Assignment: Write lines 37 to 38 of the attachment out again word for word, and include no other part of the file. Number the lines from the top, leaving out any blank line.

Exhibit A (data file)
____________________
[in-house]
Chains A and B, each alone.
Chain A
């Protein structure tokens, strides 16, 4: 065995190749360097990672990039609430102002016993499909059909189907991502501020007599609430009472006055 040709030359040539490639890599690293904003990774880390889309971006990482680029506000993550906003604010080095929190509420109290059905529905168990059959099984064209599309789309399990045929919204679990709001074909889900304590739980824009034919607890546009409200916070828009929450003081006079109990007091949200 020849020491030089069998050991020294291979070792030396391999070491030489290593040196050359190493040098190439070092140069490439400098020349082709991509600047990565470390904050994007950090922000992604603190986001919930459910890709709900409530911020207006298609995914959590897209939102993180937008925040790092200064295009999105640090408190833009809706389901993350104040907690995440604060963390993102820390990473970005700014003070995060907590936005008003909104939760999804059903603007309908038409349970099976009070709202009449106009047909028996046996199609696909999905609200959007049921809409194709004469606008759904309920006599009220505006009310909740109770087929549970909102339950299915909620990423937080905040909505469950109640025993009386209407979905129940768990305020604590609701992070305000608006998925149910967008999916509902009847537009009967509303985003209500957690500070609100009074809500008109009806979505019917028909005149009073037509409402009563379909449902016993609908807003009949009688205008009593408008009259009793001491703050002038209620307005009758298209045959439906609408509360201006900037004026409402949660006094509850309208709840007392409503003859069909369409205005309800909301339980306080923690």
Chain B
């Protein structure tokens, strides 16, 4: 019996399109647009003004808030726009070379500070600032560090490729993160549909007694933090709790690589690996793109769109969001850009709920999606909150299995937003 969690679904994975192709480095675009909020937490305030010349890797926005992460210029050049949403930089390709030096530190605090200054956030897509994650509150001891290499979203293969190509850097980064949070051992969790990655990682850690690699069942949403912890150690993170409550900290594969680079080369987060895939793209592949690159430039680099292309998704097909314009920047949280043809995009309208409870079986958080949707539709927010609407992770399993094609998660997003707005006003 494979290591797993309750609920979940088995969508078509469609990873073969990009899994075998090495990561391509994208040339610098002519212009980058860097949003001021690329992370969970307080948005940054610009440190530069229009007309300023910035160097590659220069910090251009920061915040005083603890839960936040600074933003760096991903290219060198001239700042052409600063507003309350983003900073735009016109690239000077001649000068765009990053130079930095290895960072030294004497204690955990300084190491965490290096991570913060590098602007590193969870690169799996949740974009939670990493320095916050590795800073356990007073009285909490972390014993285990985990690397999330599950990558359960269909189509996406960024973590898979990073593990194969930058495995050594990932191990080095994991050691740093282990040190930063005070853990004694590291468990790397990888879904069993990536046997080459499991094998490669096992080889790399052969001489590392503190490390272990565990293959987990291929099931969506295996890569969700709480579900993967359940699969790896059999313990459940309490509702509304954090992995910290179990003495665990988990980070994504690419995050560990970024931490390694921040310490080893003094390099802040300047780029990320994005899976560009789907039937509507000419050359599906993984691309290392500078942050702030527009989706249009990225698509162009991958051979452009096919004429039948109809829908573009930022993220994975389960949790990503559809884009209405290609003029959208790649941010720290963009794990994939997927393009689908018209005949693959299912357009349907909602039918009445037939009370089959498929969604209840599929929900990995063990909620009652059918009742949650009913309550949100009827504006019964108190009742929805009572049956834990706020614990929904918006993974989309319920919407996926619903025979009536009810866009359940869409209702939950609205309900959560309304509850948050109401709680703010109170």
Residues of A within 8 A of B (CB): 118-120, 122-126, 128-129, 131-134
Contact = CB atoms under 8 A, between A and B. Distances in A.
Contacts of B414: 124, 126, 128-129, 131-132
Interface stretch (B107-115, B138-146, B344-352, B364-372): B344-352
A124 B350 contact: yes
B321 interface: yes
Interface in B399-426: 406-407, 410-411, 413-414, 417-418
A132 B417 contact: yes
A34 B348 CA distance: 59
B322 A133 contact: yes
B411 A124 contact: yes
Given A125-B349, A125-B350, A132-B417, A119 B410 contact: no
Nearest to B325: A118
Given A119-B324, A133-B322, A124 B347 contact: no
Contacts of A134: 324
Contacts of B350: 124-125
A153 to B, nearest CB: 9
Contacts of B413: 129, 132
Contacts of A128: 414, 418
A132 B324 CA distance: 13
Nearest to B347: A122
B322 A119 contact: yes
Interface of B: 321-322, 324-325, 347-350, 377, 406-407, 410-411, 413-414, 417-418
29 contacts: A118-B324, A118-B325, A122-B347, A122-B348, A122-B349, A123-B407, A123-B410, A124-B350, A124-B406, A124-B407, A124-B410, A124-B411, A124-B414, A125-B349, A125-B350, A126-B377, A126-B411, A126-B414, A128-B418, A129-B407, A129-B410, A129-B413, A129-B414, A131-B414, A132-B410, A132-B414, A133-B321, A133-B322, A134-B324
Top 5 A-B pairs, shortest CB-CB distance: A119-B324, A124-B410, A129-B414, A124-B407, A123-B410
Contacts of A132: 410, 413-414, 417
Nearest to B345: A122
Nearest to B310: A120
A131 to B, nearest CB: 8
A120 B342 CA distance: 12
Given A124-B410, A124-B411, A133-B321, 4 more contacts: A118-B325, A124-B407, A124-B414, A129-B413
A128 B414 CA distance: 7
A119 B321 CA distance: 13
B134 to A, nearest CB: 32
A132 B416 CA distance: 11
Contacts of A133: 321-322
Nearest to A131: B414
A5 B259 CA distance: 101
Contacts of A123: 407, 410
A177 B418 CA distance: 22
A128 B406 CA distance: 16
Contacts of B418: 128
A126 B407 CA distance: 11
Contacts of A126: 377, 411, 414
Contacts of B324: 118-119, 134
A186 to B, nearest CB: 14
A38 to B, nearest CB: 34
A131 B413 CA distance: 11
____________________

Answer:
Given A124-B410, A124-B411, A133-B321, 4 more contacts: A118-B325, A124-B407, A124-B414, A129-B413
A128 B414 CA distance: 7